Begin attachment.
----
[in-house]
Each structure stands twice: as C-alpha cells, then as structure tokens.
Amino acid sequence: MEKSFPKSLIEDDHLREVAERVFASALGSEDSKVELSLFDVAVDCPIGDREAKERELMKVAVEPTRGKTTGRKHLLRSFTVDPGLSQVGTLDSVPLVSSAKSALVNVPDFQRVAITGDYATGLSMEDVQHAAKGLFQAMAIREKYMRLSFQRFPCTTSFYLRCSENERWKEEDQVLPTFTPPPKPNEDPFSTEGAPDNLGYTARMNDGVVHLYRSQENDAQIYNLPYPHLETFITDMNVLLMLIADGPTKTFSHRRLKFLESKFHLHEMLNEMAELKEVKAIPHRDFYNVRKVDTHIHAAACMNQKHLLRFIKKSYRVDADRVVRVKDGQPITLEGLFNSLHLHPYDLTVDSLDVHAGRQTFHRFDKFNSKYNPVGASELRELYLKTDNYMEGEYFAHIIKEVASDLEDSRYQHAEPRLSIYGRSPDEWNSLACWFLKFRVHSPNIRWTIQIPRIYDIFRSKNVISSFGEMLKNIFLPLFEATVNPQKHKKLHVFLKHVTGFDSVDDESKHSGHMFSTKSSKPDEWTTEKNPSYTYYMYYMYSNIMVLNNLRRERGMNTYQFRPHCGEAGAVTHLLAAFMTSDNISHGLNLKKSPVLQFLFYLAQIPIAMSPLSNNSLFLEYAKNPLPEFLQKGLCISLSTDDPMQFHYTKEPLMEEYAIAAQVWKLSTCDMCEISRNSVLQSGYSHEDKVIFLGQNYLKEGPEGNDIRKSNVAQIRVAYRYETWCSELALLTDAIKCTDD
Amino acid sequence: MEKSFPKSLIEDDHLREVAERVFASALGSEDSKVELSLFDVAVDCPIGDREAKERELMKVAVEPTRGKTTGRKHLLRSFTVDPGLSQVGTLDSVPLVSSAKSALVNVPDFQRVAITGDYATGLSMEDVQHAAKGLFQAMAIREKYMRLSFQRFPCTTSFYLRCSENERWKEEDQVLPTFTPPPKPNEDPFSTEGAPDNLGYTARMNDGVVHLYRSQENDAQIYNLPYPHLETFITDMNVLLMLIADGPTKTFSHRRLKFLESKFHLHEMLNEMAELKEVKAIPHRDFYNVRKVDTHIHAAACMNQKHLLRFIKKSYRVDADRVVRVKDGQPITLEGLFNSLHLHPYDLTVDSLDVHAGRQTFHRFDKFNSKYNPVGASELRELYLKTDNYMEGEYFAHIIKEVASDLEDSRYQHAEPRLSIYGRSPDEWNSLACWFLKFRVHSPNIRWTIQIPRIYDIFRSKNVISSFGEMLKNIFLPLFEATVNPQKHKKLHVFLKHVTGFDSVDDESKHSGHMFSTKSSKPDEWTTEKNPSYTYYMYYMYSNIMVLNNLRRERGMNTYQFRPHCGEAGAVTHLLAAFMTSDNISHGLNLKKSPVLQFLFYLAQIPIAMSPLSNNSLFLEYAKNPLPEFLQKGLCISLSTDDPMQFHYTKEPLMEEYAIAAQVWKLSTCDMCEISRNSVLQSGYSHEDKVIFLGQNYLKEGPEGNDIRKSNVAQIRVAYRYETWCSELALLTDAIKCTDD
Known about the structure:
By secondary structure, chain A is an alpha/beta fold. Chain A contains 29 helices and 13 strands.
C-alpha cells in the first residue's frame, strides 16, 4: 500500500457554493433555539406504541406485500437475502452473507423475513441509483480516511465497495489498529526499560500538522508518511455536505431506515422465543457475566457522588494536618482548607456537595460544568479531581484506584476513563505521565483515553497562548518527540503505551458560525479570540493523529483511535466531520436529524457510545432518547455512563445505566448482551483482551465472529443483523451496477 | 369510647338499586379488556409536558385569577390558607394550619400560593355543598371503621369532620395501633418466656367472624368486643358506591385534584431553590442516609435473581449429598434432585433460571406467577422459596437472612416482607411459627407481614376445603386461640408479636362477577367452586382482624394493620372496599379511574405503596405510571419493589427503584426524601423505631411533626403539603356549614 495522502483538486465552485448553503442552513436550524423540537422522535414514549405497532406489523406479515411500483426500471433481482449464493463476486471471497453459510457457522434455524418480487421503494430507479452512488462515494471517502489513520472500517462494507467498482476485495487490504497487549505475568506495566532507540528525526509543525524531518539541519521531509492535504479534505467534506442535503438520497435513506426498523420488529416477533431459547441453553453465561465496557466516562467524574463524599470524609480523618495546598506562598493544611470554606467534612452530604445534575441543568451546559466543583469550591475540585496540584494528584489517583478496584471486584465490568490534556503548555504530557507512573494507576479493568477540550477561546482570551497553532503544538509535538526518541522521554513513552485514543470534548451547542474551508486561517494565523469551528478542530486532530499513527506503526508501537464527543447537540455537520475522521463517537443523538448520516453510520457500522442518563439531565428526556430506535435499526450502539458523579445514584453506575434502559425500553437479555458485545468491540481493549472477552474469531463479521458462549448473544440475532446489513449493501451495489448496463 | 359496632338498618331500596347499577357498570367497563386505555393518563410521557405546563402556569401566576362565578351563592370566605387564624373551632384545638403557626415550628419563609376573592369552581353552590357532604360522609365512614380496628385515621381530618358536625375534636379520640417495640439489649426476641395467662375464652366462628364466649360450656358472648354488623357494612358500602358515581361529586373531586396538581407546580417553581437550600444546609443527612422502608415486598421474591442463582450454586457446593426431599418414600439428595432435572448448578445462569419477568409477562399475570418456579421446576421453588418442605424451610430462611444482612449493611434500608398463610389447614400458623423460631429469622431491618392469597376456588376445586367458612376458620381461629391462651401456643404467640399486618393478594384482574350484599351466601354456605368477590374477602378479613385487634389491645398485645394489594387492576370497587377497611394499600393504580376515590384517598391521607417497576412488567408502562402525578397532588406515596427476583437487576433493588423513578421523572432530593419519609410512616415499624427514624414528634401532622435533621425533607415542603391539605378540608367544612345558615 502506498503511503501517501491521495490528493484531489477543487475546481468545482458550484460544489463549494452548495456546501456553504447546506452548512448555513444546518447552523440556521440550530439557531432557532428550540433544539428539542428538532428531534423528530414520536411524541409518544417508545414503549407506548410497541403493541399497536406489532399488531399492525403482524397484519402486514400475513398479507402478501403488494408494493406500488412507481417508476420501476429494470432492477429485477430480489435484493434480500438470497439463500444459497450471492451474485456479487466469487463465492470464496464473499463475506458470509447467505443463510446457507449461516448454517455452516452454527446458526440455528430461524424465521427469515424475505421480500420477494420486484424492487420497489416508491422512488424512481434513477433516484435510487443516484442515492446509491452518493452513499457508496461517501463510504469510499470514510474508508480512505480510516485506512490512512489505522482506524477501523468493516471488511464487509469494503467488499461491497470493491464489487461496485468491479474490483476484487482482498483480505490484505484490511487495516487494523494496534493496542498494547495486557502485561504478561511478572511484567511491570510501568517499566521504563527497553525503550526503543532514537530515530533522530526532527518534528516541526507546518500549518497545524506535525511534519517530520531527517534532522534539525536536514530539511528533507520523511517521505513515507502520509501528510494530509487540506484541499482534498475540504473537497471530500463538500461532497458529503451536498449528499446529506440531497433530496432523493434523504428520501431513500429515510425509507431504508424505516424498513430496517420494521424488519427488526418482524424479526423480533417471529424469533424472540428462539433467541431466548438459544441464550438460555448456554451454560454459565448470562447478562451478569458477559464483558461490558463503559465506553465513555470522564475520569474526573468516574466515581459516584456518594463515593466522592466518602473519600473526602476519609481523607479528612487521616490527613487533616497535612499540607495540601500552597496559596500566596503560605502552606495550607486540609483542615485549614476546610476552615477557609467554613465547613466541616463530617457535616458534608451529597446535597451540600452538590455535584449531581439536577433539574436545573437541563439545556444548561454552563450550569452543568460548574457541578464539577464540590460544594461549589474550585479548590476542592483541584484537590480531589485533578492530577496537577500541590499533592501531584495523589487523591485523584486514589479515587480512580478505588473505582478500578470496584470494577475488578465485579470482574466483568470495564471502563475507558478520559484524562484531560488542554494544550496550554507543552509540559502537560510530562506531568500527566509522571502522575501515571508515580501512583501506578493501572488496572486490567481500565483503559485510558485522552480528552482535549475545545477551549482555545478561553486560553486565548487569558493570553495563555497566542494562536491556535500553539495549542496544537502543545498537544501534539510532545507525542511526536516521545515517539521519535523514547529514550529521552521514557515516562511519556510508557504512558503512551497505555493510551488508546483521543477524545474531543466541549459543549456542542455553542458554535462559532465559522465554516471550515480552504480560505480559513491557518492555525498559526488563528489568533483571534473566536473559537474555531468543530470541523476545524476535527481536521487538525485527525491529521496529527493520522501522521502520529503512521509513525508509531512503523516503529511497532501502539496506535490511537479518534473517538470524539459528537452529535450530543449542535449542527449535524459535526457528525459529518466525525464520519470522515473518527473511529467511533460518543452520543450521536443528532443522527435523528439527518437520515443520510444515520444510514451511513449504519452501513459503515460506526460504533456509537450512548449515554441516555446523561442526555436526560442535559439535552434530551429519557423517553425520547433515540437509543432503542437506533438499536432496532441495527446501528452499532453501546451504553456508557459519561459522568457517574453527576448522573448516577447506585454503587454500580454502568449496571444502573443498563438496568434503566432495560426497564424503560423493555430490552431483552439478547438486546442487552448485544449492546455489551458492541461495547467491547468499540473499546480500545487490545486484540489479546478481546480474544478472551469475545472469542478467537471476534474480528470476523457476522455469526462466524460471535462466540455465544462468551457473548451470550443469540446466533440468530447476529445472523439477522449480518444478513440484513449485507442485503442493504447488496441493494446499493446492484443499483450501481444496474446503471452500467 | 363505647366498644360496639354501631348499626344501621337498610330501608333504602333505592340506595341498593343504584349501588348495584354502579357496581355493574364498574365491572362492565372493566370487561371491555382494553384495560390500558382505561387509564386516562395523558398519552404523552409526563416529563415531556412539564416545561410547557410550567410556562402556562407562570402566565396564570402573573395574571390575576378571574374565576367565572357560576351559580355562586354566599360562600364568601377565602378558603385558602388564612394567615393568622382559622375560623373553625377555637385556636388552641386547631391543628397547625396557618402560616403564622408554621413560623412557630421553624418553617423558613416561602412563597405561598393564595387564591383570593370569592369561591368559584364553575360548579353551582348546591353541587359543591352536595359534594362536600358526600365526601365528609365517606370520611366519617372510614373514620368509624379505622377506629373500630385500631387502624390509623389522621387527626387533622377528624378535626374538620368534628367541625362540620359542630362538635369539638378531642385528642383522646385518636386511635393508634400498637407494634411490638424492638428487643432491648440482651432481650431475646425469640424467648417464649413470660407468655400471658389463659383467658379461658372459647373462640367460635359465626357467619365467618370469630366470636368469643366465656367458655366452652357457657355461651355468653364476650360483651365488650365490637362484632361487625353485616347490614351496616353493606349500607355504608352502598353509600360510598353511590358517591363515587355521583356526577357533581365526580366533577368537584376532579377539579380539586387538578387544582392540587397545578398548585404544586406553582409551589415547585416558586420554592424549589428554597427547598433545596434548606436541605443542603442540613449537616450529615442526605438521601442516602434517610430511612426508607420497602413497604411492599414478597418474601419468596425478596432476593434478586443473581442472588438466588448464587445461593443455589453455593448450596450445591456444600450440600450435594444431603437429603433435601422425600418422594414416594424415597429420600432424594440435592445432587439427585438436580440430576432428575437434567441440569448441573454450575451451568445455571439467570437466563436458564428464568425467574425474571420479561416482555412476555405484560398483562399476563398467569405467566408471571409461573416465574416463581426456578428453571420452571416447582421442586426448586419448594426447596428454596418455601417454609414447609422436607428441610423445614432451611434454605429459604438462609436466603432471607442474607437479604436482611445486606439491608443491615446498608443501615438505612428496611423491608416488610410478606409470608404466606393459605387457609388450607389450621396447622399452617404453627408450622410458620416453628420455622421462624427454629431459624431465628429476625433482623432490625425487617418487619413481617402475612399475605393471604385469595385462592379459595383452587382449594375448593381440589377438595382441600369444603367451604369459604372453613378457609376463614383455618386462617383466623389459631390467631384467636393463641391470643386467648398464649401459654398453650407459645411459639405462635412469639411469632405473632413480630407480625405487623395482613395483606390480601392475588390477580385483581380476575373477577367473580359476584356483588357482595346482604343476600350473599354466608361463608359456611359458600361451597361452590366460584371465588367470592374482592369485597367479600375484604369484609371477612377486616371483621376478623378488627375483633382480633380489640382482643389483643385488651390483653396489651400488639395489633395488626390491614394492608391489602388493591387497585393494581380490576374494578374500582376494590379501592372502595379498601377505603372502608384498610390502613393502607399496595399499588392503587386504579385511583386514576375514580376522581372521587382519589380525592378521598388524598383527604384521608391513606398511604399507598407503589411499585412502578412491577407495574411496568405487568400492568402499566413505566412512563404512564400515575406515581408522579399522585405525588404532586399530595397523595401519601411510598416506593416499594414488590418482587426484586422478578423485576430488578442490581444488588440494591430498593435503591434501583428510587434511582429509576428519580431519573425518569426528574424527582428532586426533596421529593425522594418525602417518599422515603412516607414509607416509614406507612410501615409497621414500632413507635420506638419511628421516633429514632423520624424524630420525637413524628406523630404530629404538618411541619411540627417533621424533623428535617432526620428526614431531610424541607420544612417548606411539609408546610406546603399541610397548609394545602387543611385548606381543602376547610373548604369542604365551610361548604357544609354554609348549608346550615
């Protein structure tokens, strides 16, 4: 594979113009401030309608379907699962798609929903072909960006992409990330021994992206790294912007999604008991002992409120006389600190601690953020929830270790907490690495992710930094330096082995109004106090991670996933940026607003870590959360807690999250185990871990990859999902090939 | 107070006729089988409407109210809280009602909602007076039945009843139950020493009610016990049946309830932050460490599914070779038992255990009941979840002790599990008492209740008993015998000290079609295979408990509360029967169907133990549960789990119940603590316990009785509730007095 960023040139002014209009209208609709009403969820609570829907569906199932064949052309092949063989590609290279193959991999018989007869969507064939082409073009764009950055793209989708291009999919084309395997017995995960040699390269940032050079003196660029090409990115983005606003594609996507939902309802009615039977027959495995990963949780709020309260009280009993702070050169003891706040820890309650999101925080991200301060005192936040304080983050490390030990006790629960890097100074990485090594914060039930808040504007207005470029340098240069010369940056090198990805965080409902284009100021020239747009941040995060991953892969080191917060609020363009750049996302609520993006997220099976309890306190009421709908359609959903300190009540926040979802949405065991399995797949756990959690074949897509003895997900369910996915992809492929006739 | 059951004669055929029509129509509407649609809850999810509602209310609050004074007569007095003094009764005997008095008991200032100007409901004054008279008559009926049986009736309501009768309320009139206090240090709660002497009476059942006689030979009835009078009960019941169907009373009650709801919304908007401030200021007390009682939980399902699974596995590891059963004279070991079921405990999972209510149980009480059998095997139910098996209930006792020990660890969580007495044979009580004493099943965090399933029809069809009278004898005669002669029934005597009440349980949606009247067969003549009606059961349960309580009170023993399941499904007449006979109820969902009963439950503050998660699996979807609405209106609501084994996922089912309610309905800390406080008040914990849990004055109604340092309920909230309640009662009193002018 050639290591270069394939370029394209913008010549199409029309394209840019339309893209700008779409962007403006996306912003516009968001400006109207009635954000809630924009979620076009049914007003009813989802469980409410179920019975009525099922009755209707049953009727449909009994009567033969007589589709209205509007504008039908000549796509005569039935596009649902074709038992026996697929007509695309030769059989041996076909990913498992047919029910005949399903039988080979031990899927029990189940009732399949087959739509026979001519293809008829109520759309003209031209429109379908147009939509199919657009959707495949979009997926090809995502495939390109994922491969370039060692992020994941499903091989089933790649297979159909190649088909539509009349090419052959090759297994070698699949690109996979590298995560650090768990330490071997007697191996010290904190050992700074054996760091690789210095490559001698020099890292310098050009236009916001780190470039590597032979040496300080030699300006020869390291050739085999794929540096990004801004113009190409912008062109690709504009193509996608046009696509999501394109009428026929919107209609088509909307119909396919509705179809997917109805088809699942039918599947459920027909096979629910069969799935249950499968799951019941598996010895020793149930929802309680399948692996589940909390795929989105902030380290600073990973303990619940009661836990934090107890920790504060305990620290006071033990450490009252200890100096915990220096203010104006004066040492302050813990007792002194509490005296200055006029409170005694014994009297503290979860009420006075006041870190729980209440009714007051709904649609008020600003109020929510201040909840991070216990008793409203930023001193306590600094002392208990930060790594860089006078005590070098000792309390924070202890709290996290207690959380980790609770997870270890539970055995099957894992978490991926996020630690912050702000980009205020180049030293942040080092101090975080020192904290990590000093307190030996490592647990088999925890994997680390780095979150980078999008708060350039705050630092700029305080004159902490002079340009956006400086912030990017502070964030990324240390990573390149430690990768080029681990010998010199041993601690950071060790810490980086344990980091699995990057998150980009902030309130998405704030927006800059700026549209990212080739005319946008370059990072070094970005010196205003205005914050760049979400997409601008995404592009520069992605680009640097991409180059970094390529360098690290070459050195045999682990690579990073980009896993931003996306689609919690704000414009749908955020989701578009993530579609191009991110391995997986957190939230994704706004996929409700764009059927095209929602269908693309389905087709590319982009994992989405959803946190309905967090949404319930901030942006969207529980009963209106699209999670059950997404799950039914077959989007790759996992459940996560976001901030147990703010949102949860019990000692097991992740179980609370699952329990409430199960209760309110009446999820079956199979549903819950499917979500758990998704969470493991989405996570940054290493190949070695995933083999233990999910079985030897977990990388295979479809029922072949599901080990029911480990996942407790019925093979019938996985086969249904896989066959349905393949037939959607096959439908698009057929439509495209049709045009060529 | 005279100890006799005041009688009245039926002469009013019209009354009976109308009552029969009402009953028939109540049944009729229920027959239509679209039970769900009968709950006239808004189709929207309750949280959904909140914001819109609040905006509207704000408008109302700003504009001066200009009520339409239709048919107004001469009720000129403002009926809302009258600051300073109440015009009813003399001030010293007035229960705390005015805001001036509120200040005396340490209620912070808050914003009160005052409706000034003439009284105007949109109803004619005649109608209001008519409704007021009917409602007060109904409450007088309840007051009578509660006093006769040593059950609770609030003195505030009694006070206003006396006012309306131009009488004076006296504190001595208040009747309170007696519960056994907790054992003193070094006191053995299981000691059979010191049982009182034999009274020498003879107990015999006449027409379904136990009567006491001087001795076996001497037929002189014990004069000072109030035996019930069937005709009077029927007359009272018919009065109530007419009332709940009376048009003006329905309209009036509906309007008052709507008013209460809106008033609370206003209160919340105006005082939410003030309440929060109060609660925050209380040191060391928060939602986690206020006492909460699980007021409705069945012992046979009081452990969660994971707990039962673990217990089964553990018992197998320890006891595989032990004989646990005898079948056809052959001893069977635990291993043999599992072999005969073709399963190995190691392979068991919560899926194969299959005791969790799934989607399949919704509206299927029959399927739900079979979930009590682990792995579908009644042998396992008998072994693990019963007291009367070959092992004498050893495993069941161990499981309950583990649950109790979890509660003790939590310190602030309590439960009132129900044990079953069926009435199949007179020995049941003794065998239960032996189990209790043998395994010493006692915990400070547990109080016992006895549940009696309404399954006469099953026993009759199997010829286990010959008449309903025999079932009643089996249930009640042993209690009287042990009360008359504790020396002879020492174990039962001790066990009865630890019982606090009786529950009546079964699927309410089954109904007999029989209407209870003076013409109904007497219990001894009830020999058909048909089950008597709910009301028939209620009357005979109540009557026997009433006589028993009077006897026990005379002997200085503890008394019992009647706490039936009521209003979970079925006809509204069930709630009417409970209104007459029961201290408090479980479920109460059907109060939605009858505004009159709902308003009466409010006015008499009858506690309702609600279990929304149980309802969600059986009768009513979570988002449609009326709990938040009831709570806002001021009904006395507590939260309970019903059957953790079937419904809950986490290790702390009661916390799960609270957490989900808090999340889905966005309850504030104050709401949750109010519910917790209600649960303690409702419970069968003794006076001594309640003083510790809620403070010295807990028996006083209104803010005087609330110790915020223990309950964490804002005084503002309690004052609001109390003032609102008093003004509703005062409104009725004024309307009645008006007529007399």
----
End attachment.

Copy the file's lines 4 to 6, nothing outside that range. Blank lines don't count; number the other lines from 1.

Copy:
Amino acid sequence: MEKSFPKSLIEDDHLREVAERVFASALGSEDSKVELSLFDVAVDCPIGDREAKERELMKVAVEPTRGKTTGRKHLLRSFTVDPGLSQVGTLDSVPLVSSAKSALVNVPDFQRVAITGDYATGLSMEDVQHAAKGLFQAMAIREKYMRLSFQRFPCTTSFYLRCSENERWKEEDQVLPTFTPPPKPNEDPFSTEGAPDNLGYTARMNDGVVHLYRSQENDAQIYNLPYPHLETFITDMNVLLMLIADGPTKTFSHRRLKFLESKFHLHEMLNEMAELKEVKAIPHRDFYNVRKVDTHIHAAACMNQKHLLRFIKKSYRVDADRVVRVKDGQPITLEGLFNSLHLHPYDLTVDSLDVHAGRQTFHRFDKFNSKYNPVGASELRELYLKTDNYMEGEYFAHIIKEVASDLEDSRYQHAEPRLSIYGRSPDEWNSLACWFLKFRVHSPNIRWTIQIPRIYDIFRSKNVISSFGEMLKNIFLPLFEATVNPQKHKKLHVFLKHVTGFDSVDDESKHSGHMFSTKSSKPDEWTTEKNPSYTYYMYYMYSNIMVLNNLRRERGMNTYQFRPHCGEAGAVTHLLAAFMTSDNISHGLNLKKSPVLQFLFYLAQIPIAMSPLSNNSLFLEYAKNPLPEFLQKGLCISLSTDDPMQFHYTKEPLMEEYAIAAQVWKLSTCDMCEISRNSVLQSGYSHEDKVIFLGQNYLKEGPEGNDIRKSNVAQIRVAYRYETWCSELALLTDAIKCTDD
Known about the structure:
By secondary structure, chain A is an alpha/beta fold. Chain A contains 29 helices and 13 strands.